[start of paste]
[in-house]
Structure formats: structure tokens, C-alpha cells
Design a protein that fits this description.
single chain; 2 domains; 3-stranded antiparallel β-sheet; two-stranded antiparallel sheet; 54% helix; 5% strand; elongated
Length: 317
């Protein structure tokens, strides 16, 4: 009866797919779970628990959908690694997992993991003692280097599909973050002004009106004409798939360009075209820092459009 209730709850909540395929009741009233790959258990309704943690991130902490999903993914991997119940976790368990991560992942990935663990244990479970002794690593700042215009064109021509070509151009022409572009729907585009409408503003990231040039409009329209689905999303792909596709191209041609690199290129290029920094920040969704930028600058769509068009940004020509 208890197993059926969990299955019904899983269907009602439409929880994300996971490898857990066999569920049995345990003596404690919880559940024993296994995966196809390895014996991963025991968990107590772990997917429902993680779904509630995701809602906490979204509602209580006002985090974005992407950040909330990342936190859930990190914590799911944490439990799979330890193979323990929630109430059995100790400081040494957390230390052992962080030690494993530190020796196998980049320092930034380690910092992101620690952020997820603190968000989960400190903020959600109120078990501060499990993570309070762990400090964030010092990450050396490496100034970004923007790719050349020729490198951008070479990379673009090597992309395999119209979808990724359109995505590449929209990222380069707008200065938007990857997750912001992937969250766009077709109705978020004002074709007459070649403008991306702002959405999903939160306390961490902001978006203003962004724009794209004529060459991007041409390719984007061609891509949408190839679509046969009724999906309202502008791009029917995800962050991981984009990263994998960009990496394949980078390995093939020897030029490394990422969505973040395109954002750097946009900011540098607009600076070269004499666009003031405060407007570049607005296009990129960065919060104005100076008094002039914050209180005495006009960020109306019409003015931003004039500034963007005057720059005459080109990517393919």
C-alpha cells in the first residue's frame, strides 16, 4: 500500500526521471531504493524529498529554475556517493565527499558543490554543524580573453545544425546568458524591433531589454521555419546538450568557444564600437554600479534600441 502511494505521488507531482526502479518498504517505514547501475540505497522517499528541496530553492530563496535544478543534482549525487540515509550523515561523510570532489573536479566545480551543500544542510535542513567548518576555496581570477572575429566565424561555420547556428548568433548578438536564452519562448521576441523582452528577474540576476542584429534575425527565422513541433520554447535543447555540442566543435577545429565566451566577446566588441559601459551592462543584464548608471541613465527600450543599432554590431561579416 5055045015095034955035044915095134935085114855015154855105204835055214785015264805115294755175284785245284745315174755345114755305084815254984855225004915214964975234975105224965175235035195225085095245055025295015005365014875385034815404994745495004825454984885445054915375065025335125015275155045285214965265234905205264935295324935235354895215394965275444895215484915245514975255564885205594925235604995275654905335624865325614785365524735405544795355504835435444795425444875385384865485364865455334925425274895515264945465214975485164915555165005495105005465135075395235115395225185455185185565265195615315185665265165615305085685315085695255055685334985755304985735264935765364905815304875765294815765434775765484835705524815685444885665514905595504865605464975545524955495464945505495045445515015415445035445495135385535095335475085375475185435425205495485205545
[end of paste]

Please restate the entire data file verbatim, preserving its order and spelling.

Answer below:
[in-house]
Structure formats: structure tokens, C-alpha cells
Design a protein that fits this description.
single chain; 2 domains; 3-stranded antiparallel β-sheet; two-stranded antiparallel sheet; 54% helix; 5% strand; elongated
Length: 317
């Protein structure tokens, strides 16, 4: 009866797919779970628990959908690694997992993991003692280097599909973050002004009106004409798939360009075209820092459009 209730709850909540395929009741009233790959258990309704943690991130902490999903993914991997119940976790368990991560992942990935663990244990479970002794690593700042215009064109021509070509151009022409572009729907585009409408503003990231040039409009329209689905999303792909596709191209041609690199290129290029920094920040969704930028600058769509068009940004020509 208890197993059926969990299955019904899983269907009602439409929880994300996971490898857990066999569920049995345990003596404690919880559940024993296994995966196809390895014996991963025991968990107590772990997917429902993680779904509630995701809602906490979204509602209580006002985090974005992407950040909330990342936190859930990190914590799911944490439990799979330890193979323990929630109430059995100790400081040494957390230390052992962080030690494993530190020796196998980049320092930034380690910092992101620690952020997820603190968000989960400190903020959600109120078990501060499990993570309070762990400090964030010092990450050396490496100034970004923007790719050349020729490198951008070479990379673009090597992309395999119209979808990724359109995505590449929209990222380069707008200065938007990857997750912001992937969250766009077709109705978020004002074709007459070649403008991306702002959405999903939160306390961490902001978006203003962004724009794209004529060459991007041409390719984007061609891509949408190839679509046969009724999906309202502008791009029917995800962050991981984009990263994998960009990496394949980078390995093939020897030029490394990422969505973040395109954002750097946009900011540098607009600076070269004499666009003031405060407007570049607005296009990129960065919060104005100076008094002039914050209180005495006009960020109306019409003015931003004039500034963007005057720059005459080109990517393919």
C-alpha cells in the first residue's frame, strides 16, 4: 500500500526521471531504493524529498529554475556517493565527499558543490554543524580573453545544425546568458524591433531589454521555419546538450568557444564600437554600479534600441 502511494505521488507531482526502479518498504517505514547501475540505497522517499528541496530553492530563496535544478543534482549525487540515509550523515561523510570532489573536479566545480551543500544542510535542513567548518576555496581570477572575429566565424561555420547556428548568433548578438536564452519562448521576441523582452528577474540576476542584429534575425527565422513541433520554447535543447555540442566543435577545429565566451566577446566588441559601459551592462543584464548608471541613465527600450543599432554590431561579416 5055045015095034955035044915095134935085114855015154855105204835055214785015264805115294755175284785245284745315174755345114755305084815254984855225004915214964975234975105224965175235035195225085095245055025295015005365014875385034815404994745495004825454984885445054915375065025335125015275155045285214965265234905205264935295324935235354895215394965275444895215484915245514975255564885205594925235604995275654905335624865325614785365524735405544795355504835435444795425444875385384865485364865455334925425274895515264945465214975485164915555165005495105005465135075395235115395225185455185185565265195615315185665265165615305085685315085695255055685334985755304985735264935765364905815304875765294815765434775765484835705524815685444885665514905595504865605464975545524955495464945505495045445515015415445035445495135385535095335475085375475185435425205495485205545